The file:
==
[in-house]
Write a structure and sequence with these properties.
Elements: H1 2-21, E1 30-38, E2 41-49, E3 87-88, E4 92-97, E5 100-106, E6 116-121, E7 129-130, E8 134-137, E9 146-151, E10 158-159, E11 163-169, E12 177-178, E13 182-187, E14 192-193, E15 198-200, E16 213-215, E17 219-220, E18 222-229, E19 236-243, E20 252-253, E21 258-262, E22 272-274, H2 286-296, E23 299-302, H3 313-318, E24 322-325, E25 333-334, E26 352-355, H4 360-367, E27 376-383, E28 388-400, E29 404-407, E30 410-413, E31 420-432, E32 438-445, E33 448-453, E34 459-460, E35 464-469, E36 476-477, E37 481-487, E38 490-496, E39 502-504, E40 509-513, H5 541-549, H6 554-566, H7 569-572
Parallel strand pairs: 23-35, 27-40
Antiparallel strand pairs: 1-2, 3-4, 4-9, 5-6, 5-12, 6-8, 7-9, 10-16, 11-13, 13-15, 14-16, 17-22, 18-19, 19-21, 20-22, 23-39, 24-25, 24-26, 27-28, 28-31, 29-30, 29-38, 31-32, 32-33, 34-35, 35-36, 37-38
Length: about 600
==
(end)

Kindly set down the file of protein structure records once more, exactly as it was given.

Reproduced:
[in-house]
Write a structure and sequence with these properties.
Elements: H1 2-21, E1 30-38, E2 41-49, E3 87-88, E4 92-97, E5 100-106, E6 116-121, E7 129-130, E8 134-137, E9 146-151, E10 158-159, E11 163-169, E12 177-178, E13 182-187, E14 192-193, E15 198-200, E16 213-215, E17 219-220, E18 222-229, E19 236-243, E20 252-253, E21 258-262, E22 272-274, H2 286-296, E23 299-302, H3 313-318, E24 322-325, E25 333-334, E26 352-355, H4 360-367, E27 376-383, E28 388-400, E29 404-407, E30 410-413, E31 420-432, E32 438-445, E33 448-453, E34 459-460, E35 464-469, E36 476-477, E37 481-487, E38 490-496, E39 502-504, E40 509-513, H5 541-549, H6 554-566, H7 569-572
Parallel strand pairs: 23-35, 27-40
Antiparallel strand pairs: 1-2, 3-4, 4-9, 5-6, 5-12, 6-8, 7-9, 10-16, 11-13, 13-15, 14-16, 17-22, 18-19, 19-21, 20-22, 23-39, 24-25, 24-26, 27-28, 28-31, 29-30, 29-38, 31-32, 32-33, 34-35, 35-36, 37-38
Length: about 600